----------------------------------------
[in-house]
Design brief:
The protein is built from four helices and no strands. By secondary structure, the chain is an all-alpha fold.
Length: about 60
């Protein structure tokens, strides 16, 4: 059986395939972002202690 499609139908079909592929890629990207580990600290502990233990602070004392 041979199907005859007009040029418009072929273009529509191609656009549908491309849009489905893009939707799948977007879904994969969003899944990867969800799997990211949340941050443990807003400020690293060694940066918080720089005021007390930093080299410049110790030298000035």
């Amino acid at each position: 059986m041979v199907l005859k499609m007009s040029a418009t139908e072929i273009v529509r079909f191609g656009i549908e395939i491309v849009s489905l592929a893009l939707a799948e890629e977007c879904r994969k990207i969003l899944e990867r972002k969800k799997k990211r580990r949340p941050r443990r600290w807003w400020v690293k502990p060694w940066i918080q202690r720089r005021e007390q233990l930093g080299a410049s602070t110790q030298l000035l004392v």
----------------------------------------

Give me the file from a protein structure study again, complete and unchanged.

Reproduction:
[in-house]
Design brief:
The protein is built from four helices and no strands. By secondary structure, the chain is an all-alpha fold.
Length: about 60
């Protein structure tokens, strides 16, 4: 059986395939972002202690 499609139908079909592929890629990207580990600290502990233990602070004392 041979199907005859007009040029418009072929273009529509191609656009549908491309849009489905893009939707799948977007879904994969969003899944990867969800799997990211949340941050443990807003400020690293060694940066918080720089005021007390930093080299410049110790030298000035």
């Amino acid at each position: 059986m041979v199907l005859k499609m007009s040029a418009t139908e072929i273009v529509r079909f191609g656009i549908e395939i491309v849009s489905l592929a893009l939707a799948e890629e977007c879904r994969k990207i969003l899944e990867r972002k969800k799997k990211r580990r949340p941050r443990r600290w807003w400020v690293k502990p060694w940066i918080q202690r720089r005021e007390q233990l930093g080299a410049s602070t110790q030298l000035l004392v």